Just a thought, but if haberdasheries actually existed anymore and hired sales associates who knew t-shirts from tuxes and paid them what their knowledge was worth, then this sort of thing would not happen. Instead, we live in a world where labels are everything, as anyone who has sold anything on eBay well knows. And so it is not surprising that no one cares when it is reported. The only thing that is worth it to the store is the label, and since that was returned, there is no harm done. And most customers wouldn't care, either. All they want is that label. So, in a weird way, I have a grudging admiration for the thief. He is beating the retailers at their own game.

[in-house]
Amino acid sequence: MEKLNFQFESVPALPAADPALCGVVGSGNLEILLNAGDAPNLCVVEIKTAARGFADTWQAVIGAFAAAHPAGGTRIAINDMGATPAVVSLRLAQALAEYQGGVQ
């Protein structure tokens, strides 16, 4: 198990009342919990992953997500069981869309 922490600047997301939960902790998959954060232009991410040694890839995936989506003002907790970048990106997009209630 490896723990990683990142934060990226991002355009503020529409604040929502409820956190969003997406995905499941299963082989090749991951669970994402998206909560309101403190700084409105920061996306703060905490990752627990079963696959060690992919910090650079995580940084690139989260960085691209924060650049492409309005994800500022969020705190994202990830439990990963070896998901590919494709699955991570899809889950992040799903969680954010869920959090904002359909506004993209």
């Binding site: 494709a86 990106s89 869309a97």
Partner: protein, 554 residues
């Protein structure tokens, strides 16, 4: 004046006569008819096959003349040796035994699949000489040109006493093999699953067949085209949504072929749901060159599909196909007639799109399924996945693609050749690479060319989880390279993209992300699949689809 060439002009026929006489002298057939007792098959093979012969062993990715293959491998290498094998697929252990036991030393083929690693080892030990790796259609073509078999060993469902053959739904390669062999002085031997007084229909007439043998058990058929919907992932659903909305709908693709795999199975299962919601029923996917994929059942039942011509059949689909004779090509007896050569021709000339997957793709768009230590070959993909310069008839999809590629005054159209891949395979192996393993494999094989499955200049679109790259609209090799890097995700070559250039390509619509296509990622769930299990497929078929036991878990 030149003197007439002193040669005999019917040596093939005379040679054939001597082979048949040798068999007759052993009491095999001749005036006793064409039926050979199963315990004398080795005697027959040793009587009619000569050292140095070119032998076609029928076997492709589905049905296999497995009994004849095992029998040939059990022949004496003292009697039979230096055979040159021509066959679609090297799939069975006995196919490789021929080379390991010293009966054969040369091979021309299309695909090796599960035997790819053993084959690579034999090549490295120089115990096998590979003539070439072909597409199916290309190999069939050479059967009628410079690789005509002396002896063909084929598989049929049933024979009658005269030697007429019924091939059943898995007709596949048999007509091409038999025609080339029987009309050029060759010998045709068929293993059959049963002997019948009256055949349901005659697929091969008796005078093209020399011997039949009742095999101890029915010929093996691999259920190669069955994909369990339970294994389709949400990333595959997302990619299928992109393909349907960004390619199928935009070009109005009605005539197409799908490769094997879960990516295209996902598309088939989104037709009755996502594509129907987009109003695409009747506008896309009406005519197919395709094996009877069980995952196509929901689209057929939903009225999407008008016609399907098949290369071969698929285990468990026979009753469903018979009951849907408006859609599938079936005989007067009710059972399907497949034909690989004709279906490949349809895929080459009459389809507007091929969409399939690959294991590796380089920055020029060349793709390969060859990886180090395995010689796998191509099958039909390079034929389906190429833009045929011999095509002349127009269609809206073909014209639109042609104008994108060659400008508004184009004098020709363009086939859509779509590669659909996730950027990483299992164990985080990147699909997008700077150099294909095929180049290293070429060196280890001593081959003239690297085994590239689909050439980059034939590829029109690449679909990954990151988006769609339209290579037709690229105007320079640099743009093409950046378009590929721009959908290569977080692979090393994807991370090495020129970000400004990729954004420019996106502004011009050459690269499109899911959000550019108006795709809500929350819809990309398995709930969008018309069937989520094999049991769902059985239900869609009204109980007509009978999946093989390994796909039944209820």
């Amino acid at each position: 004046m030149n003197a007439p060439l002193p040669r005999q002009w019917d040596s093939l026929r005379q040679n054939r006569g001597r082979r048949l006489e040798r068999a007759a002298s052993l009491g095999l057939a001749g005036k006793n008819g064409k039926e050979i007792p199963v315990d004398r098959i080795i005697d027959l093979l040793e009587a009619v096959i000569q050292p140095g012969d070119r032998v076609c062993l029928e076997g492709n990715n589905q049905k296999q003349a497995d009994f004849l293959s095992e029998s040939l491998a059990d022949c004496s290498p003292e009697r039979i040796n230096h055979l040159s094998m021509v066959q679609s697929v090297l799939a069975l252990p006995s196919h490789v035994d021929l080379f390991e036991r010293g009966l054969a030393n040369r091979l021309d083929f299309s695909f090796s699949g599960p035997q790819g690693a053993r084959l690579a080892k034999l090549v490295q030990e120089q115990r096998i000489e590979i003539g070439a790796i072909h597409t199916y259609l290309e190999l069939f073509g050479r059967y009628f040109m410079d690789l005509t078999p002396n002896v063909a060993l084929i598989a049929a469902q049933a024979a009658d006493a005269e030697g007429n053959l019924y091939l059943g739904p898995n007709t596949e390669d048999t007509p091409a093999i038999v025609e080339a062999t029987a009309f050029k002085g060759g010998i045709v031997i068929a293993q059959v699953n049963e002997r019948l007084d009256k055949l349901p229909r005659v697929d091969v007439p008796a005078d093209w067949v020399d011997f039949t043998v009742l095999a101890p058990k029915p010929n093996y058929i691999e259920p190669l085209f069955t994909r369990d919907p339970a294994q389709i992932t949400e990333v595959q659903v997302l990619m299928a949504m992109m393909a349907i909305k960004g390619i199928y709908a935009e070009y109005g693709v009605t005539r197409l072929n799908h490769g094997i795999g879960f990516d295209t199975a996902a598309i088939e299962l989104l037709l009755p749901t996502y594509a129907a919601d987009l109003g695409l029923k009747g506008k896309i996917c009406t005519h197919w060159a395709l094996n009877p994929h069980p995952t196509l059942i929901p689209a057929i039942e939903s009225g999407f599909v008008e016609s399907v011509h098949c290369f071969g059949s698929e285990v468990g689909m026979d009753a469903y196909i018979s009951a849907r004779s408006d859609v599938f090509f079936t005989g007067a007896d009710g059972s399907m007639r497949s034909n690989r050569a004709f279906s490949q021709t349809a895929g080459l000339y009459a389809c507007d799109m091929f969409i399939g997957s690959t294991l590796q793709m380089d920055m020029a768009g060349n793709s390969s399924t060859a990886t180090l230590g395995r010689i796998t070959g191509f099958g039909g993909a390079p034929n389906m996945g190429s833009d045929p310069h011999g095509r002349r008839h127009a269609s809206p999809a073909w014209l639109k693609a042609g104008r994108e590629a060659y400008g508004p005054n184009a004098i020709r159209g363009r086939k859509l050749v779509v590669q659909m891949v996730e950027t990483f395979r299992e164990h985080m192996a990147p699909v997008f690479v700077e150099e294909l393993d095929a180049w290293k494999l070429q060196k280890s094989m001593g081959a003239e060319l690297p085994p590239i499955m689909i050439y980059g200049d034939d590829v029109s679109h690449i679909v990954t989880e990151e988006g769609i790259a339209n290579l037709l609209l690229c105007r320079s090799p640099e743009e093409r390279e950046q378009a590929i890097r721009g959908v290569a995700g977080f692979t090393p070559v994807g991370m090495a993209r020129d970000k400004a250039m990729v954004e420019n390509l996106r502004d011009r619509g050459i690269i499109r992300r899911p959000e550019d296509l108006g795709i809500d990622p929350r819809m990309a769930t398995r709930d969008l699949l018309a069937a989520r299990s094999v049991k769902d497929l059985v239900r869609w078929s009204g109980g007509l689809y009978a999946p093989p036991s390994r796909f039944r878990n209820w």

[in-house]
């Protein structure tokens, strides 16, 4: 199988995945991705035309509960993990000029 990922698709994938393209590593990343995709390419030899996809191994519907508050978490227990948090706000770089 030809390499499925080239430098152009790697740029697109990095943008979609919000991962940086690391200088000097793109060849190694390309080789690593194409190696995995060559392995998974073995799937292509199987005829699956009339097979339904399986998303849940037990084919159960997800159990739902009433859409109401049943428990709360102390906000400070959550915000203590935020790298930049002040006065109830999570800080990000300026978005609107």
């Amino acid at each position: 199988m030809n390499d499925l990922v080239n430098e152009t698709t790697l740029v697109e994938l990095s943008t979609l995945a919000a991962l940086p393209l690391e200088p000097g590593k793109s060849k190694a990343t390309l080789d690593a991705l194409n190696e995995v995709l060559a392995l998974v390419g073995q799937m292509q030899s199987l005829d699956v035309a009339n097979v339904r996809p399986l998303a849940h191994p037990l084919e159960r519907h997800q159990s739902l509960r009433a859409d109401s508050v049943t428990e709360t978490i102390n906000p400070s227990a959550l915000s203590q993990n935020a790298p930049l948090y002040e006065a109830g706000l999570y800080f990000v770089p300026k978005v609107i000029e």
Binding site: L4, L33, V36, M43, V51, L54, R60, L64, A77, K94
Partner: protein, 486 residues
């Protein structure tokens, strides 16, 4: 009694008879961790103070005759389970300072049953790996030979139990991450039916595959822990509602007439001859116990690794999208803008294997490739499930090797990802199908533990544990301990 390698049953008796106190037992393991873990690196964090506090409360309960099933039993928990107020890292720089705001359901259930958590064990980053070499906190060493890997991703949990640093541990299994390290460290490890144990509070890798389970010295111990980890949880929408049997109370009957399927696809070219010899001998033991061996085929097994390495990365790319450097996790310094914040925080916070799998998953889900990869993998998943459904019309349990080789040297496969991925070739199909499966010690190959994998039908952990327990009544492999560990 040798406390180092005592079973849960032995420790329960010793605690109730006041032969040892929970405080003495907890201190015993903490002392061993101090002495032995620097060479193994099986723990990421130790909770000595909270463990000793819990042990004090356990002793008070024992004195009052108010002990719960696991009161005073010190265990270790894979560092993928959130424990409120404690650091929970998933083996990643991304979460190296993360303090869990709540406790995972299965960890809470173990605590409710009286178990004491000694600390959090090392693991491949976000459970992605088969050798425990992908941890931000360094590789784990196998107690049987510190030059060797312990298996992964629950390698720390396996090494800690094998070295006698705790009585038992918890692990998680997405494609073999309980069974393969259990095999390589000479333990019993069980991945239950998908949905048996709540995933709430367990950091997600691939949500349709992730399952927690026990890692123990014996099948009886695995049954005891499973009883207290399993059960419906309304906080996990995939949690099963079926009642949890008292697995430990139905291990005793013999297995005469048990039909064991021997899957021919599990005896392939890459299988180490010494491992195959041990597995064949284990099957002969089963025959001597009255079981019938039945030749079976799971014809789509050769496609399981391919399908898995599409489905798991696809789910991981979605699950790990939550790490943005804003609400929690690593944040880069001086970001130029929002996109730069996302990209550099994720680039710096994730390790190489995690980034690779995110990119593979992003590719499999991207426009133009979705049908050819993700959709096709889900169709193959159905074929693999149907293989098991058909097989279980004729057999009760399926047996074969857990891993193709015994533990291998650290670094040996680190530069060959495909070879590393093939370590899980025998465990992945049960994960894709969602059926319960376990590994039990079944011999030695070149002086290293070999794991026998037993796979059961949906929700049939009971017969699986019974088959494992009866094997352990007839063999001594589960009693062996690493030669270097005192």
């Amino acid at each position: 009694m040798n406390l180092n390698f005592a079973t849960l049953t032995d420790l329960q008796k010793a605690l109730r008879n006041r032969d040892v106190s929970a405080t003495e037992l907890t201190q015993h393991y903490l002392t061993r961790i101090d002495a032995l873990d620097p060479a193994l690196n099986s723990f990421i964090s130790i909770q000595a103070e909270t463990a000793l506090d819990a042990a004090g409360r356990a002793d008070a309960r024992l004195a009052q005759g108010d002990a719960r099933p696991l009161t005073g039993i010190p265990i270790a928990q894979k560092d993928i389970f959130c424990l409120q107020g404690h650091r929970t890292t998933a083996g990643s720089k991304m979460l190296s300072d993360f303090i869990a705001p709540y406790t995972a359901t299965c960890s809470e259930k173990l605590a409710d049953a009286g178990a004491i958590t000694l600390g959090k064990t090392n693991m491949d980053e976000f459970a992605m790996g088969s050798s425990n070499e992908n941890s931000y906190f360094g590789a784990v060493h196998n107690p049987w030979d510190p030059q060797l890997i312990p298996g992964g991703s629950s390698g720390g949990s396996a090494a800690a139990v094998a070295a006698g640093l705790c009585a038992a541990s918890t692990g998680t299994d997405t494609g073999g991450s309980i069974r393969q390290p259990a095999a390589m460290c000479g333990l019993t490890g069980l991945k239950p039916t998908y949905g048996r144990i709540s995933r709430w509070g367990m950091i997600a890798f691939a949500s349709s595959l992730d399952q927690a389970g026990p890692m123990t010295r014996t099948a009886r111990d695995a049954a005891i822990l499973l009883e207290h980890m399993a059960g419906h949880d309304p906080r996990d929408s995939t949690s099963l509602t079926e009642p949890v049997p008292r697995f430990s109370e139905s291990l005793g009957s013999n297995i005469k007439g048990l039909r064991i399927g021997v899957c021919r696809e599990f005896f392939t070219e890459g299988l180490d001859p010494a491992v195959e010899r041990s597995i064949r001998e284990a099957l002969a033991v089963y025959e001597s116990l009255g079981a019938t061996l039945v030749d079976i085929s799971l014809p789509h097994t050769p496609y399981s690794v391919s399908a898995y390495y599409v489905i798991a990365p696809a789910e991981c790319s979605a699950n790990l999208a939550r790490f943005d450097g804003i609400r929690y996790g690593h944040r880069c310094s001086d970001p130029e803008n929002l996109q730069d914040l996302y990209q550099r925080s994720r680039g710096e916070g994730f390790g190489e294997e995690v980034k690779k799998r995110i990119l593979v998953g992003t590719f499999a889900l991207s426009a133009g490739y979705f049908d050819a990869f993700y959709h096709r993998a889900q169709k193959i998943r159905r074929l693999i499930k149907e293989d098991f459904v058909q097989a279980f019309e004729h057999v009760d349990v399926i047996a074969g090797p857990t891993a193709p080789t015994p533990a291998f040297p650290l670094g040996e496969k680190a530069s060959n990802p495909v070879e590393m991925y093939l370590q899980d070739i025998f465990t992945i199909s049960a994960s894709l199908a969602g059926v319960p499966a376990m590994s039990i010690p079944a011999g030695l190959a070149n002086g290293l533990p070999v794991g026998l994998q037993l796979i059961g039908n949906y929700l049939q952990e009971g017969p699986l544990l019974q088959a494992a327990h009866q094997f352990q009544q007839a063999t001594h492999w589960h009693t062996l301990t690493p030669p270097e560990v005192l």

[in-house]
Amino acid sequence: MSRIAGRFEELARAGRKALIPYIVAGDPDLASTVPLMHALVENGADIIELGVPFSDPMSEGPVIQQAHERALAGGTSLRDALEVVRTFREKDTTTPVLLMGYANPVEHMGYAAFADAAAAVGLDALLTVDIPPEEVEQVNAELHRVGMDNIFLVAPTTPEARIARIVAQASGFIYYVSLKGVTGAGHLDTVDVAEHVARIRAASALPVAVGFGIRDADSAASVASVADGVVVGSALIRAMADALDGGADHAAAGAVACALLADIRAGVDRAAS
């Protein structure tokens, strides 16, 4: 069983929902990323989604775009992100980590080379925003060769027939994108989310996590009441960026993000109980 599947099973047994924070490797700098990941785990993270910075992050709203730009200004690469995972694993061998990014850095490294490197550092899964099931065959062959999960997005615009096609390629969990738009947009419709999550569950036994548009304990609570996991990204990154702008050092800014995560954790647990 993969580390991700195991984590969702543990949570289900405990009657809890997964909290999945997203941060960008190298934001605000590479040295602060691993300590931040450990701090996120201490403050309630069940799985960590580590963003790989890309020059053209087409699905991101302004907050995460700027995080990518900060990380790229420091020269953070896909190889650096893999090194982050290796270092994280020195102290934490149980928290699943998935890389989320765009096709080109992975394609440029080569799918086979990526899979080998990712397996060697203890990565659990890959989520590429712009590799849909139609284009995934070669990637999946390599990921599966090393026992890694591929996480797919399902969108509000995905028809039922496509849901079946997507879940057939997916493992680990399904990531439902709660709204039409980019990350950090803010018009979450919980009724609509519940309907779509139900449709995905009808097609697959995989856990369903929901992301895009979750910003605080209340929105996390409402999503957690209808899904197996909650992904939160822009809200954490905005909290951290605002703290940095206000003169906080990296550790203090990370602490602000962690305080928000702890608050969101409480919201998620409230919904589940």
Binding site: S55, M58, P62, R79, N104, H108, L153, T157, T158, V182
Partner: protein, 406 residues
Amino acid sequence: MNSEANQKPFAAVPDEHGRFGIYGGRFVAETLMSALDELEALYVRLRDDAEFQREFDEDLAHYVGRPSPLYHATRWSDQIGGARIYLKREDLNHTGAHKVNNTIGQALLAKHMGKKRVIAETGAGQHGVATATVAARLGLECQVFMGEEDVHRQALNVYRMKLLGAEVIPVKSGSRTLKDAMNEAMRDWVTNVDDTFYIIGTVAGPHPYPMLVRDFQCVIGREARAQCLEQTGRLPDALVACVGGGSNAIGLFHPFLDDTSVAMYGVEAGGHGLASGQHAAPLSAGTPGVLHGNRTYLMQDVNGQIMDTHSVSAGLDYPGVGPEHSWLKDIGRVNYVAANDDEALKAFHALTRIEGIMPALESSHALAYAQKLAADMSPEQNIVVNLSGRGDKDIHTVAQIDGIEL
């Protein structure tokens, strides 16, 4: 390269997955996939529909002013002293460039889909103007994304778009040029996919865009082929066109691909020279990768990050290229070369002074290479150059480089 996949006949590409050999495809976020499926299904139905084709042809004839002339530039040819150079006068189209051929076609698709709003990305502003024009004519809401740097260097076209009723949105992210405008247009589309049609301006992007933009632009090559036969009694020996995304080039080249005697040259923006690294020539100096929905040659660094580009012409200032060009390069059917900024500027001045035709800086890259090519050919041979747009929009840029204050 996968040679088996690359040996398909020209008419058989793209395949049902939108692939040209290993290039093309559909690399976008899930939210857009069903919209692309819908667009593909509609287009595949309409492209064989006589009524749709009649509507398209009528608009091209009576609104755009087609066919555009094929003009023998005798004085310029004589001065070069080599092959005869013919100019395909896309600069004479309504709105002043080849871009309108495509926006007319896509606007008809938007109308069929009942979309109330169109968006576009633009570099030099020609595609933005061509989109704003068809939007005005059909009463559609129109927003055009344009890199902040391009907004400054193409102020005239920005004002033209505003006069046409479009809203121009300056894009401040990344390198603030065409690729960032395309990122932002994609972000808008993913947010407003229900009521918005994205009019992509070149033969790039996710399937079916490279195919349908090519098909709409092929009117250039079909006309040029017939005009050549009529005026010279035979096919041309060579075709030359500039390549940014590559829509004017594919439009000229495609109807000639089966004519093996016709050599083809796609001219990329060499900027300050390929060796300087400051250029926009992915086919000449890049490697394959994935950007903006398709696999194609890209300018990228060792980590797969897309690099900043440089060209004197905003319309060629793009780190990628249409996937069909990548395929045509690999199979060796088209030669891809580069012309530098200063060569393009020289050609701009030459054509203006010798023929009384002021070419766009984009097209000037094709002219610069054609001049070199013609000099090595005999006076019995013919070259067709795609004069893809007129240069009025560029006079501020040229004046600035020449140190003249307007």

There is an utterly amazing old-school Mackinaw coat, classic black-and-red buffalo plaid, at the local Salvation Army that I would buy in a heartbeat if it fit me. Not only that, it has a down liner and is in true NWOT condition. I have never seen anything like that with a down liner, and they only want $26. So why don't I buy it? A, because it's a tad snug, and B, because it is made by Eddie Bauer. Now, anyone who has dealt with old-school Eddie Bauer (Nat, are you listening?) knows what I'm talking about when I say there was once upon a time no one who did down better than EB. It's a way-better coat than anything you could get from Filson today. But is also impossible to flip because it has the EB label. It would be unethical if I were to tear out the EB label and sew in a Filson label and flip it for $75 on a BIN, but I would actually be doing the buyer a favor. I wouldn't be surprised if it goes through the cycle and ends up at 59 cents. At that point, I'll buy it.